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How can a Disability Representative Help me Dispute a Denied Benefits Claim?


Poor representation in the past. A case denied, even with representation. Lack of funds to hire a representative. All of these reasons are valid for opting to go solo on your Social Security disability insurance (SSDI) appeal. However, if your letter reads something like “claim denied disability benefits”, representation proves a wise choice.

Furthermore, enlisting an ally in filing paperwork and attending hearings falls within your rights. The Social Security Administration (SSA) knows that filing applications in the midst of dealing with disability and loss of income are not easy. They want you to receive the benefits you deserve (though your experience may feel otherwise).

How does a representative help when a claim is denied? Check it out.

Choosing a Representative

Finding reputable attorney or non-attorney representation might feel more like guessing. But, qualified and effective help is available, if you know the key qualities to look for. Even if your past representation fell flat or led to your current denial, do not lose hope.

Research and hire someone who is:

Accessible

Proximity to your representative allows you to meet face-to-face. While technology puts people in contact across the world, being able to get together in person builds relationships and opens communication in helpful ways. Furthermore, you want someone who takes time to thoroughly answer questions at all stages of the process.

Knowledgeable

Likely, at this point in the Social Security process, you realize the complexities and hidden nuances of filing a claim. With claim denied disability benefits, you may also recognize your need for help. There is no shame in this fact. A disability representative know about the Social Security process and your condition helps make clear those complexities.

Experienced

You want someone experienced to represent you. Check experience level, success rate and if the person previously represented anyone with your condition. Each of these points brings needed feet-on-the-ground insight to your appeal hearing. Attorneys or other representatives specializing in SSDI cases add depth of experience to your case.

A Disability Representative is Your Ally

You have the right to appeal a denied benefit claim. The first step is filing for a reconsideration, which simply asks the SSA to review your supporting evidence again. Next, you take your case before an administrative law judge (ALJ). In an appeal hearing, you meet with an ALJ, and your case is reviewed verbally.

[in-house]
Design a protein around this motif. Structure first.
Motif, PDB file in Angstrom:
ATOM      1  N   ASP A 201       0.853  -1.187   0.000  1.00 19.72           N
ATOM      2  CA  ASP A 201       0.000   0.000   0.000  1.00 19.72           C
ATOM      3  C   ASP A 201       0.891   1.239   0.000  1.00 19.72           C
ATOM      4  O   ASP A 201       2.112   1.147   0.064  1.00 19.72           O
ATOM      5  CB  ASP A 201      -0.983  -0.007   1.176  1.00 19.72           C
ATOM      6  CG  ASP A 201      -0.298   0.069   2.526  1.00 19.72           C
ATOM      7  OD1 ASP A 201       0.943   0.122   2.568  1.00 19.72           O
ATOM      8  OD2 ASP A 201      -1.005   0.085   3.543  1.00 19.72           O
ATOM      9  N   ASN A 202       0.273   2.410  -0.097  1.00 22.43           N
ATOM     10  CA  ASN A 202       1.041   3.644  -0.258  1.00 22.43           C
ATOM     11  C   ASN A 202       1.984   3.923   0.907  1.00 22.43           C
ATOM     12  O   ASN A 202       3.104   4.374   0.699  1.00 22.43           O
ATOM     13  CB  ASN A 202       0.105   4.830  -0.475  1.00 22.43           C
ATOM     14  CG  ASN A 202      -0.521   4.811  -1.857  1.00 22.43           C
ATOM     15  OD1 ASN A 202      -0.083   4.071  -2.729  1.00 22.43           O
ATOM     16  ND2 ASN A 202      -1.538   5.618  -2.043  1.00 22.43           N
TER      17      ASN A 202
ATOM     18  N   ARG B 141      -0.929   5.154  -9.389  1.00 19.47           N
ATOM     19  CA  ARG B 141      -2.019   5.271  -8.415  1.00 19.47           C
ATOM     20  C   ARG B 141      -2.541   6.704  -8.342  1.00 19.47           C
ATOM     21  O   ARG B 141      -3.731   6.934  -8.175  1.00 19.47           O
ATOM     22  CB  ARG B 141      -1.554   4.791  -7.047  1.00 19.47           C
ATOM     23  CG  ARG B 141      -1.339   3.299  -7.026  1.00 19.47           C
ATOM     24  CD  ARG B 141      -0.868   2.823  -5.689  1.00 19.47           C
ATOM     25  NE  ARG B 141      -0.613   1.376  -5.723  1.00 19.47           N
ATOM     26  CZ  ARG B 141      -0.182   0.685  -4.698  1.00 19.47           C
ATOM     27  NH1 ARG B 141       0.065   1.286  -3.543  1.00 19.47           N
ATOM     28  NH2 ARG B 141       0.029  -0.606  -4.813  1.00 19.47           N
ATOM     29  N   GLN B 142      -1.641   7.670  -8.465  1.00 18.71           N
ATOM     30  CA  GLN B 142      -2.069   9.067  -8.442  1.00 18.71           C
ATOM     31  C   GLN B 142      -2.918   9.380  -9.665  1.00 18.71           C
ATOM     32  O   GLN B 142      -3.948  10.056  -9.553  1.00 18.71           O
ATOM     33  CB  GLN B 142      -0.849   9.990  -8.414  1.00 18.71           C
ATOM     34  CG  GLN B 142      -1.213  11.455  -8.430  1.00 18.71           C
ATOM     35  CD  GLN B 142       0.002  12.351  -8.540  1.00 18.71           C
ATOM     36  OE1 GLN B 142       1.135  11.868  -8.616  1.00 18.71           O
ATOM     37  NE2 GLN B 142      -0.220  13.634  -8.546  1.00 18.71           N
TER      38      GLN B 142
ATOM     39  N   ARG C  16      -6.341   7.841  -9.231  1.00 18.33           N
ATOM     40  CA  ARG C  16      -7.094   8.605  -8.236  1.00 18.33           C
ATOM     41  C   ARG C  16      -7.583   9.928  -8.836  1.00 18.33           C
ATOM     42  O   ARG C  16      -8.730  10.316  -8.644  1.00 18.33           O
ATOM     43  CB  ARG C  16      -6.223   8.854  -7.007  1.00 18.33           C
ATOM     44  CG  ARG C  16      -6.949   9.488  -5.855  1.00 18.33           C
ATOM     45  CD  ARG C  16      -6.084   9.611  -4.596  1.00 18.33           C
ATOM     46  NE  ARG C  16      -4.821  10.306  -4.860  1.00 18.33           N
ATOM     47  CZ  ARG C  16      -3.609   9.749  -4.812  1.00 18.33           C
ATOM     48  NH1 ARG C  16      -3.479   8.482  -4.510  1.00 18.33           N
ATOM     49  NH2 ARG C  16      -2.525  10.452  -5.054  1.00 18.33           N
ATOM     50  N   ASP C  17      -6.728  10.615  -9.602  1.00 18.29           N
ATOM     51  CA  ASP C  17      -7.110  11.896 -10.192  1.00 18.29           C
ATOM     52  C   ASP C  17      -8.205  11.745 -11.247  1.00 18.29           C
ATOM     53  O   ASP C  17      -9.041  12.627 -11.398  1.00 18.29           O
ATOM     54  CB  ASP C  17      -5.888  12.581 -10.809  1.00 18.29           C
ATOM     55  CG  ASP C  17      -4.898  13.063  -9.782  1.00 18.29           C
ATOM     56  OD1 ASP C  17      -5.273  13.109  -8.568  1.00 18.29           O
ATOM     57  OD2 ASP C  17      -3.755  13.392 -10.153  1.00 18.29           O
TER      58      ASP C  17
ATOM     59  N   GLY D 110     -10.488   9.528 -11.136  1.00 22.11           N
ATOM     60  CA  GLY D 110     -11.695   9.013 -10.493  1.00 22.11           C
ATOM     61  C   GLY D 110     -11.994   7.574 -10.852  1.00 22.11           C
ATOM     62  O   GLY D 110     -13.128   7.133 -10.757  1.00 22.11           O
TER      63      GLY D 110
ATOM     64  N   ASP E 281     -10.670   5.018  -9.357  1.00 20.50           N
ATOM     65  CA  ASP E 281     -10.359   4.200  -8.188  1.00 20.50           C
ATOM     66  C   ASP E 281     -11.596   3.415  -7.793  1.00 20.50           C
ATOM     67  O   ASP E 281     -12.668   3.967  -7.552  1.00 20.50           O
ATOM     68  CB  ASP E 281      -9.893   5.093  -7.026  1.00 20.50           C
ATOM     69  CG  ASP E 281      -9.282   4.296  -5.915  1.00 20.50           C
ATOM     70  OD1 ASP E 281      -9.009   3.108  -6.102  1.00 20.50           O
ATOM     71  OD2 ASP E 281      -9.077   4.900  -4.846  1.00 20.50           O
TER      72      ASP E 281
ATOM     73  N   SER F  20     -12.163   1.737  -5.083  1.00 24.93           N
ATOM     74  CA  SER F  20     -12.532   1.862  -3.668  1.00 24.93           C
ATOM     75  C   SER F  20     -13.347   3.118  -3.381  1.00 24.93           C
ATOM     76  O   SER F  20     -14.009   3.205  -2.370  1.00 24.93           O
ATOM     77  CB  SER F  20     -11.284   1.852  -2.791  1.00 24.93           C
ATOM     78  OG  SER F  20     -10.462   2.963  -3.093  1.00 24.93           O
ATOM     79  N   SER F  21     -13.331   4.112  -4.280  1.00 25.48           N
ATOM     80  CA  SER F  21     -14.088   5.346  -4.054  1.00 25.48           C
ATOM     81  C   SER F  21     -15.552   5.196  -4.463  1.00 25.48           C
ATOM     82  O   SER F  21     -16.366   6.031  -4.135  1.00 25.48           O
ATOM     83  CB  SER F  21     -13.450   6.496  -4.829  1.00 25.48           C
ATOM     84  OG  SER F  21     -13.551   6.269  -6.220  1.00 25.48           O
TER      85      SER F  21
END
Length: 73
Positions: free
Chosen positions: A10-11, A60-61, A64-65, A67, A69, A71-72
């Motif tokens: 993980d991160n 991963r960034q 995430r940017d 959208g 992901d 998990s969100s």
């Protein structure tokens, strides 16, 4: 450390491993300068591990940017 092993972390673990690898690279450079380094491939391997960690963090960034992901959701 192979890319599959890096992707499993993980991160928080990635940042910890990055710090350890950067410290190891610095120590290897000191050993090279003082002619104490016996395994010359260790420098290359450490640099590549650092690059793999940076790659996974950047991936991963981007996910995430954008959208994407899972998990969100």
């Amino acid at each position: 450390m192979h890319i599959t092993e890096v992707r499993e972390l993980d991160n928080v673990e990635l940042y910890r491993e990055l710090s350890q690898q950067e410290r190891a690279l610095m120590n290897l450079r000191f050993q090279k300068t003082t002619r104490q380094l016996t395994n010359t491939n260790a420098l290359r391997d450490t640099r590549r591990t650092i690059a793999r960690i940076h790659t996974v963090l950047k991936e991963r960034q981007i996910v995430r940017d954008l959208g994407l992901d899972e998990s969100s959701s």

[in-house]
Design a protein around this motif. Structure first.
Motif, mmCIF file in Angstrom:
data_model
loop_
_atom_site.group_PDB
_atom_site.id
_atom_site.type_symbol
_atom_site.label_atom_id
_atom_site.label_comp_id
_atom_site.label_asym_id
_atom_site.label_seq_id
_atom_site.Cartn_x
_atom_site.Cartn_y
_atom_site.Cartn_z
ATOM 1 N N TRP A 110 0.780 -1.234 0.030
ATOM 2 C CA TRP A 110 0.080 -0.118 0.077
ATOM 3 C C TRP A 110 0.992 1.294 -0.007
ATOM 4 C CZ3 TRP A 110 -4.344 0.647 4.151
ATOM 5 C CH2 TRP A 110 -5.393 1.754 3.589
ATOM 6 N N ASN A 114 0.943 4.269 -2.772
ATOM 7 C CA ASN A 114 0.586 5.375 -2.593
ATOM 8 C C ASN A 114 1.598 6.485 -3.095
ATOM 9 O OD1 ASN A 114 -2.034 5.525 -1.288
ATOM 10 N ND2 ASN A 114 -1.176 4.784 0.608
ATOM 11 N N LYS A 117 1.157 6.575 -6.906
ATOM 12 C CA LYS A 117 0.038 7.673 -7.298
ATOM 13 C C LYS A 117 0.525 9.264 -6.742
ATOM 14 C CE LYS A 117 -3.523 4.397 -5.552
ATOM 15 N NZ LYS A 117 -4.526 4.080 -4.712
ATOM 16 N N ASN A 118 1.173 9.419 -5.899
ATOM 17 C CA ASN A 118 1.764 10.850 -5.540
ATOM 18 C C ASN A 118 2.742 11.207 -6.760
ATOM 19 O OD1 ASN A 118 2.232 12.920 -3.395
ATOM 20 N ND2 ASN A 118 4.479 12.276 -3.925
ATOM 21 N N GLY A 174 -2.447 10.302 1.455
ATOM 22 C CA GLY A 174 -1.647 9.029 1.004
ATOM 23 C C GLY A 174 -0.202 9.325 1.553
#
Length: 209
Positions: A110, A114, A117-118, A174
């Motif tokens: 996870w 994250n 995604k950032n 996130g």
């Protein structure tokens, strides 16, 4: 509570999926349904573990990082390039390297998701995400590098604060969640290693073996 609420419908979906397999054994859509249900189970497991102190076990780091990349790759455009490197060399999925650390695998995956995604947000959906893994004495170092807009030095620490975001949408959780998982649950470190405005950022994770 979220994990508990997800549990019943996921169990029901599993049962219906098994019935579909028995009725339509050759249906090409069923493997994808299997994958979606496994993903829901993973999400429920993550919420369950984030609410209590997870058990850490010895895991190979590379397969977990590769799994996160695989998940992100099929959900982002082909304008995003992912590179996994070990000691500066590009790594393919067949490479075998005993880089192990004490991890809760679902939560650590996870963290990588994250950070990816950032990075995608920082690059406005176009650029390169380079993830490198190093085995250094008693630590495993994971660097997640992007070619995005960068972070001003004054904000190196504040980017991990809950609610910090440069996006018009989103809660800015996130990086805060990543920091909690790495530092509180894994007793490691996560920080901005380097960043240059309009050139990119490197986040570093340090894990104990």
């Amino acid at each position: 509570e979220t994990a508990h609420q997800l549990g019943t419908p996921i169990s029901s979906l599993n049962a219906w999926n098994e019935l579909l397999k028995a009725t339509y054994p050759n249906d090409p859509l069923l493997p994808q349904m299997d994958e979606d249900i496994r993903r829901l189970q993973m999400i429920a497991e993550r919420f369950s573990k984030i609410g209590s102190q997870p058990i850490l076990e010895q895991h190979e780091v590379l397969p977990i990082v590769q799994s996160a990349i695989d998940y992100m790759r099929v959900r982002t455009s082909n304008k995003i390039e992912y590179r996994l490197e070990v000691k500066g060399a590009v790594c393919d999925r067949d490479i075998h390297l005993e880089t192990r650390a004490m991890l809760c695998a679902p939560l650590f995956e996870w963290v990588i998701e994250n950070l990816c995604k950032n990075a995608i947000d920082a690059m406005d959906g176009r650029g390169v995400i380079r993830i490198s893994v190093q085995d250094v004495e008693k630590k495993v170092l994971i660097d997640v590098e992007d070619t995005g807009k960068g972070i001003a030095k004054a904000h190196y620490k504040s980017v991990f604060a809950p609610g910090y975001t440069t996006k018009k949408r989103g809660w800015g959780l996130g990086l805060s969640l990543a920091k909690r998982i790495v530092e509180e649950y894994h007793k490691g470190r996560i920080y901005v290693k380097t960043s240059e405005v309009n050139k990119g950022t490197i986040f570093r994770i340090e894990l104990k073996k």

Many Social Security cases are denied due to a lack of evidence. Representation ensures you submit the proper proof of disability and increases your chance of receiving benefits. A disability representative helps in:

Filing Forms and Meeting Deadlines

The process of applying for and appealing a Social Security decision appears straightforward and simple. And, filling in application blanks supports this thought. However, the information required and documentation needed to get complicated. A disability representative ensures the right information fills in the blanks and the right documentation gets to the SSA or ALJ.

Plus, the SSA is tight on its deadlines. If you miss your opportunity to request a reconsideration or appeal (60 days from your denial letter), the process starts over again. You re-do the SSDI application with the required paperwork. Unfortunately, this wastes your time and delays benefits. A representative keeps the process on track.

Preparing You for Your Hearing

The ALJ reviews medical records, your testimony, and the thoughts of witnesses. A qualified representative prepares you in two ways. First, experienced advocates know the evidence an ALJ looks for to support a case. Your attorney or representative gathers any missing documentation needed to explain your claim, saving you time and strengthening your case.

Second, a representative explains the format of the hearing and practices answering questions with you. This preparation calms your nerves and helps you give truthful, on-target responses, boosting your case. Lack of preparation often results in another denial. A disability representative saves you from this fate.

Advocating for You at the Hearing

Walking into a hearing intimidates many appeal seekers. A representative stands by your side and advocates on your behalf. Their knowledge of SSDI cases enables them to effectively question witnesses and experts. Furthermore, they counter-arguments with information not known to those outside the system.

Local, experienced representatives offer an understanding of the flow of hearings as well as how the judge thinks. With this insight, they are able to deal with the unexpected and cater to the ALJ overseeing your case. This advocacy strengthens your case, keeps it moving forward, and improves your chance of victory.

Denial by the ALJ

In the event that your case is denied at the ALJ level, your representative helps you pursue further appeals. Meeting deadlines and providing documentation to the Appeals Council for review (the next step) or the Federal Court after that is the job of your advocate.

Finding experienced disability representation that gets you, gets your case, and gets the system is key. Let us help you identify the best advocate for your case and get you the benefits you deserve. Contact us today.

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